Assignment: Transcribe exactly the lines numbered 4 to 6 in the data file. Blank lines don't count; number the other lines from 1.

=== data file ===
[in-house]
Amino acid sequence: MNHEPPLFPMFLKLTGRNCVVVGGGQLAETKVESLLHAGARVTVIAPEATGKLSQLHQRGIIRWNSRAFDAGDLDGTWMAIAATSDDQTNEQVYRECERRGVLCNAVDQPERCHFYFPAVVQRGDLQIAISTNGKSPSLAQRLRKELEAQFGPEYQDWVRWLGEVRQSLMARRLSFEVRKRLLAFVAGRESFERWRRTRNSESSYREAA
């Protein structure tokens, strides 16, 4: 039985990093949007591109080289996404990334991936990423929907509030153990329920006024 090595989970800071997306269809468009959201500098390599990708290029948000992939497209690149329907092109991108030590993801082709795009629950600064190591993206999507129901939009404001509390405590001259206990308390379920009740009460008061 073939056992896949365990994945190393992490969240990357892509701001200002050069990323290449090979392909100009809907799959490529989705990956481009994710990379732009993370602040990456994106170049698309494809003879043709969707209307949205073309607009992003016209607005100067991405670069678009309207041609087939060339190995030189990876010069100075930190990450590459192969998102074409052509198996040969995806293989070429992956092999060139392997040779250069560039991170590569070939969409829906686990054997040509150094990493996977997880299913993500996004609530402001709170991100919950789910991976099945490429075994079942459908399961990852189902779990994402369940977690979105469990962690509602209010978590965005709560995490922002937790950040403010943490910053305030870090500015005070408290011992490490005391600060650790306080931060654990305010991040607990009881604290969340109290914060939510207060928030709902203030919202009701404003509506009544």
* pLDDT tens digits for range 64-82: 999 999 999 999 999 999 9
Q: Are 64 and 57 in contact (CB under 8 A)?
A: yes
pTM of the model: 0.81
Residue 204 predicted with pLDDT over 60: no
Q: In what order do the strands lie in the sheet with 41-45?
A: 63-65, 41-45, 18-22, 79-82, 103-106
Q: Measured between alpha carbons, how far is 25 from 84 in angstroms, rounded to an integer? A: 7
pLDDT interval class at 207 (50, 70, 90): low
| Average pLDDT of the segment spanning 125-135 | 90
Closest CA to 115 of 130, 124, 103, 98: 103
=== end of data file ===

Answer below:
* pLDDT tens digits for range 64-82: 999 999 999 999 999 999 9
Q: Are 64 and 57 in contact (CB under 8 A)?
A: yes